I have this story from someone who was present at a meeting that took place close to the UK Houses of Parliament. It was organised by a group of British parliamentarians and associates dedicated to renewable and sustainable energy. The purpose was to discuss an addiction – petroleum dependency, and the prospects facing its victims – the human race.

One of the speakers, a petroleum guru, Dr Colin J. Campbell, delivered a scathing critique of published statistics purporting to show that the world’s present oil and gas reserves are sufficient to sustain production at current rates for forty years. Campbell was backed by Chris Skrebowski, the editor of Petroleum Review (a journal of the UK’s Energy Institute). Both speakers derided the figures. The suggestion was that four was nearer than forty to the number of years before the onset of terminal decline. The imminent reality depicted was steep and catastrophic descent to petroleum deprivation. Consumers would be compelled inter alia to adjust mindsets, to cut waste, and to espouse renewable energy and ‘even’ nuclear power.

My informant was moved to wonderment. Could there yet be an alliance between renewables and nuclear, rescuing us from the dire consequences of so much ‘clean’ air lost to carbon burning? Could nuclear-powered electrolysis of water enduringly sustain a hydrogen economy? Could renewables reign, for ever, in the regions and localities endowed for their exploitation? Could there be an energy-conserving Utopia after we had kicked the petroleum habit, saved in the nick of time by nuclear power?

I, too, am moved to wonderment. How exquisite it is that such a vision could be conjured up as a result of deliberations among devotees of renewable and sustainable energy!

Don’t fall for ladder hype

I do not know whether this is still, or ever was, a global phenomenon, but the instructors of my youth loved to set us ladder problems when they tested our understanding of µ, the coefficient of friction. Not unnaturally, when a fat new research report on ladder stability came my way recently, my memory flashed up fragments of the old diagrams of ladders leaning variously inclined against upright surfaces.

But the research report is from the UK’s Health and Safety Executive and is no elementary text for pupils picking up a few bits of Applied Mechanics. It is the product of studies commissioned at Loughborough University by the Executive and is part of a British drive to reduce the death toll exacted by falls from work at different heights.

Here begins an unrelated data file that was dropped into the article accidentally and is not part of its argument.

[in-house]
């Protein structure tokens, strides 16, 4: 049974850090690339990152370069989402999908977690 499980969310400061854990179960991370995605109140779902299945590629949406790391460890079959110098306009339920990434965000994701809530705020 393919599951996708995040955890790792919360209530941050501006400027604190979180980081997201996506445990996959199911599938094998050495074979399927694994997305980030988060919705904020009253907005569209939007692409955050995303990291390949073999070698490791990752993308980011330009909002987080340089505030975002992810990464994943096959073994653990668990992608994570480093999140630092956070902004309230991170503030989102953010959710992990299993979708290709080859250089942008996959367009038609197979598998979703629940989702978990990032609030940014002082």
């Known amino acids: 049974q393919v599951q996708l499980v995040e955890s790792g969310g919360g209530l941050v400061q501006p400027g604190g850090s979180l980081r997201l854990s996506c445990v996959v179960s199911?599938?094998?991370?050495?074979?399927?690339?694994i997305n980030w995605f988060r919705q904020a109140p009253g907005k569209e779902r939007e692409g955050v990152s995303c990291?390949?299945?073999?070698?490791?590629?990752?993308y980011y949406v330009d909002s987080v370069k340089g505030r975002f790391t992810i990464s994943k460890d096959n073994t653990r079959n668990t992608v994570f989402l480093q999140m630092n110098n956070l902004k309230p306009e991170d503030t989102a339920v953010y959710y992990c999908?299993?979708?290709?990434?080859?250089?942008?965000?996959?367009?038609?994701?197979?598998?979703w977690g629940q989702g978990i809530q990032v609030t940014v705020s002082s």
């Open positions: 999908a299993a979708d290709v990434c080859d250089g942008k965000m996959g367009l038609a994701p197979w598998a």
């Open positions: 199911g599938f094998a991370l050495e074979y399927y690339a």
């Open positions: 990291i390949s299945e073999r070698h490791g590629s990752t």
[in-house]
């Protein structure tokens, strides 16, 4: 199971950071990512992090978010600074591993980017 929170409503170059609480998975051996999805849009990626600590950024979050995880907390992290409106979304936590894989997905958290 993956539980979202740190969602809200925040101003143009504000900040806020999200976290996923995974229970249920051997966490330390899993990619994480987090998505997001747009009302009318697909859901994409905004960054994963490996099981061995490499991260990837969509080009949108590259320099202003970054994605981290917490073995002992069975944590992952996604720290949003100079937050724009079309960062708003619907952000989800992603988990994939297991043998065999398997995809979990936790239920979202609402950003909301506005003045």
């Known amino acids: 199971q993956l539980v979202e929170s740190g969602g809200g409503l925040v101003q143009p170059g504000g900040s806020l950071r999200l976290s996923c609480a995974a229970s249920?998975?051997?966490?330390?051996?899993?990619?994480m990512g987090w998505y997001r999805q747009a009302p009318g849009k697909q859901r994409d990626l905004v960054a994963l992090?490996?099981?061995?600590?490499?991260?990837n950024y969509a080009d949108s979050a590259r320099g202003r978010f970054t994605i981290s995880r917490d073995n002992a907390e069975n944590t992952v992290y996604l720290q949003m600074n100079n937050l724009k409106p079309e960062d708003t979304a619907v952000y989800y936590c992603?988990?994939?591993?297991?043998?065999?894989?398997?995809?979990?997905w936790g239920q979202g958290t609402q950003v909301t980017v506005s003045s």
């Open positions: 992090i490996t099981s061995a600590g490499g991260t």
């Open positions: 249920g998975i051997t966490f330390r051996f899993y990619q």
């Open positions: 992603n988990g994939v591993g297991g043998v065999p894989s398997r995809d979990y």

The major concern of the report is with commercially available devices for the stabilisation of ladders. Its authors observe that there are many competing brands though rather fewer distinct products, and that the sales pitches often lack ‘evidential support’. Much of the promotion appeals to intuition, and ‘tasks that were promoted in some of the promotional material appeared to be in conflict with good ladder practice’.

Indeed, to prospective purchasers, the devices would seem to permit use of ladders in highly dangerous ‘scenarios’, the researchers scold. Properly, the first decision should be whether a ladder is used at all.

Not that the authors deny ladders a place. On the contrary, they provide ladder lore in plenty. I was struck by the data comparing the incidence of ladder accidents in different industries. Ours is not noted specifically but both Construction and Energy are. Generating plants have to be built and they do produce energy, so we must be in the statistics somewhere. And, of the industries named, Construction suffers the most ladder-related falls, and Energy suffers the fewest. Make of that what you will.

Be fair to hydrogen economists

Odd how many purported energy pundits, looking down their noses at proposals for a hydrogen economy, assert that hydrogen is not properly a fuel. That, they say, is because it does not occur separately in nature. Once extracted it is only an energy carrier or an energy storage medium.

When old-style ‘town gas’ supplied light and heat, nobody said that – because coal had to be processed to manufacture it – the gas was less a fuel than was its parent. Like coke, its sister byproduct, it was categorised with coal as a fuel. Incidentally, it was well stuffed with the hydrogen that modern purists would prefer to consume elementally in heat engines or fuel (sic) cells.

Fuelhood should not be denied to hydrogen. Aficionados unite!